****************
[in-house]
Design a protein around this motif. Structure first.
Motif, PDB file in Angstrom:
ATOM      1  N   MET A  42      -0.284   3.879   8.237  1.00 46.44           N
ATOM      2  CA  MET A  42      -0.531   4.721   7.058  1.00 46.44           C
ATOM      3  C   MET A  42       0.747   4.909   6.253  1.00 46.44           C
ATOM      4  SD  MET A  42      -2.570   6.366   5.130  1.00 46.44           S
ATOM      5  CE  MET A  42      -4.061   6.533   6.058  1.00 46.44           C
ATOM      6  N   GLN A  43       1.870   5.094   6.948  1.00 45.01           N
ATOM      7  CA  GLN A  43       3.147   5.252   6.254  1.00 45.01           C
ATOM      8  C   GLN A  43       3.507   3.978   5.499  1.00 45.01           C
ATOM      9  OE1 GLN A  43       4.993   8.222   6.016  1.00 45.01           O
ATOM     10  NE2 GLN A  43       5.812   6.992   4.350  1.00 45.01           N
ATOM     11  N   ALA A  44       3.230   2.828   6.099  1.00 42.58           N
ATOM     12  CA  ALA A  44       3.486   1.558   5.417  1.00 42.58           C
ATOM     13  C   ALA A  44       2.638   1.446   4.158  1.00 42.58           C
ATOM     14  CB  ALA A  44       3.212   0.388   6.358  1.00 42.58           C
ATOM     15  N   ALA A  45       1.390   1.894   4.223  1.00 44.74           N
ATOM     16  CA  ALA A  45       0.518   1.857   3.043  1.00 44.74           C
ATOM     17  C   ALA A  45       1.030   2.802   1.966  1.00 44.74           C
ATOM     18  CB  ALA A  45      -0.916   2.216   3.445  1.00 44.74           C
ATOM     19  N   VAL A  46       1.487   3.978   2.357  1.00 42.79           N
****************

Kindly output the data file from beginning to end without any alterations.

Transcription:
[in-house]
Design a protein around this motif. Structure first.
Motif, PDB file in Angstrom:
ATOM      1  N   MET A  42      -0.284   3.879   8.237  1.00 46.44           N
ATOM      2  CA  MET A  42      -0.531   4.721   7.058  1.00 46.44           C
ATOM      3  C   MET A  42       0.747   4.909   6.253  1.00 46.44           C
ATOM      4  SD  MET A  42      -2.570   6.366   5.130  1.00 46.44           S
ATOM      5  CE  MET A  42      -4.061   6.533   6.058  1.00 46.44           C
ATOM      6  N   GLN A  43       1.870   5.094   6.948  1.00 45.01           N
ATOM      7  CA  GLN A  43       3.147   5.252   6.254  1.00 45.01           C
ATOM      8  C   GLN A  43       3.507   3.978   5.499  1.00 45.01           C
ATOM      9  OE1 GLN A  43       4.993   8.222   6.016  1.00 45.01           O
ATOM     10  NE2 GLN A  43       5.812   6.992   4.350  1.00 45.01           N
ATOM     11  N   ALA A  44       3.230   2.828   6.099  1.00 42.58           N
ATOM     12  CA  ALA A  44       3.486   1.558   5.417  1.00 42.58           C
ATOM     13  C   ALA A  44       2.638   1.446   4.158  1.00 42.58           C
ATOM     14  CB  ALA A  44       3.212   0.388   6.358  1.00 42.58           C
ATOM     15  N   ALA A  45       1.390   1.894   4.223  1.00 44.74           N
ATOM     16  CA  ALA A  45       0.518   1.857   3.043  1.00 44.74           C
ATOM     17  C   ALA A  45       1.030   2.802   1.966  1.00 44.74           C
ATOM     18  CB  ALA A  45      -0.916   2.216   3.445  1.00 44.74           C
ATOM     19  N   VAL A  46       1.487   3.978   2.357  1.00 42.79           N